"Lestrade will know the address," Sherlock says, dismissing the matter as entirely John's problem. John doesn't need to call Lestrade so he doesn't. It's not just about efficiency even if John does prefer having Sherlock where he can see him or at least close enough that he can call for help if the situation goes to hell. It's reassuring, from time to time, to be able to prove to himself that it isn't just a delusion.

Meg turns out to be a pleasant, dumpy woman who talks about Alex and his job easily and openly. She's at pains to assure John that they weren't sleeping together, that Alex was a good man who "didn't deserve it, Mr. Watson."

The only possibly interesting clue is the break-in and John asks about the message because...because it's important and there's a life at stake. Not Sherlock's, not his and John is about certain it's another poor sod who didn't ask to be involved in Moriarty's webs which doesn't make it any easier to contemplate. Meg leaves him in Alex's room and John can think for a second, explore the feeling. It's not a certainty, there's still a chance – a very, very slim chance – that John can stop whoever it is from being murdered. Mycroft texts him, prodding him with yet another reminder of shattered lives.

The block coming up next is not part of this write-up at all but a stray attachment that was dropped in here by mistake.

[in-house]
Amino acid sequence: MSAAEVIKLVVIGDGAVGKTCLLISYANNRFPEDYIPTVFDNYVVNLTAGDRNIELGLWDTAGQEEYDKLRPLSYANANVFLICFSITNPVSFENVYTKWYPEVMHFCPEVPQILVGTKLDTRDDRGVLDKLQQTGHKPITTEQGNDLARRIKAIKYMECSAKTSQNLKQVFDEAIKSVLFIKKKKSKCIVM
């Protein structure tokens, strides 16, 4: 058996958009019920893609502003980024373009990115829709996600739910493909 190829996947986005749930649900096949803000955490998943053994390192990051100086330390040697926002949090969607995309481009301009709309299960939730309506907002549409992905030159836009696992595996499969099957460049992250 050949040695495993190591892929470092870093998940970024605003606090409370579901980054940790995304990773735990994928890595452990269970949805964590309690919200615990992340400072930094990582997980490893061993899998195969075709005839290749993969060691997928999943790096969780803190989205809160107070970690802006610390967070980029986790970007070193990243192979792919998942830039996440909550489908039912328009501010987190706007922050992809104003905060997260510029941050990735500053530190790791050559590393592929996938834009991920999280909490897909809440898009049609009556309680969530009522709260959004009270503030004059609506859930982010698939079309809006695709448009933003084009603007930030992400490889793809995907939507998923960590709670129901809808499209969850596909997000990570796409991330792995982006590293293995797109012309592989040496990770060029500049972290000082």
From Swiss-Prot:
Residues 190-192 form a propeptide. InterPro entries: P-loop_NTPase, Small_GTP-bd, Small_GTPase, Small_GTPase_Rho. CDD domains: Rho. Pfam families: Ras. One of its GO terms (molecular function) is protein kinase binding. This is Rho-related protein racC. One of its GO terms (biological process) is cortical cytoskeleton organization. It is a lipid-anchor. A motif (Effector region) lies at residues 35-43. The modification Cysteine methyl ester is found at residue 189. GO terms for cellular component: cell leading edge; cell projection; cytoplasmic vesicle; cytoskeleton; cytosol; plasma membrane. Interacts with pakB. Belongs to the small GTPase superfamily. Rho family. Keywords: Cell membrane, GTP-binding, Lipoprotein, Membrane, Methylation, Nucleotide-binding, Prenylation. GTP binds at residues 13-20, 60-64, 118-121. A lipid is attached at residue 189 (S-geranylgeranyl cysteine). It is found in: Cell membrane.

Andrew West loved his country, John knows and died an innocent man. John has no idea how to prove that or if he even can without tipping Mycroft off about it. John puts his phone back in his pocket and declines Meg's offer of tea. Sherlock hasn't summoned him back and there's no text from Lestrade. John pulls up the address, carefully book-marked in Google for him and well, he's got nothing better to do, really.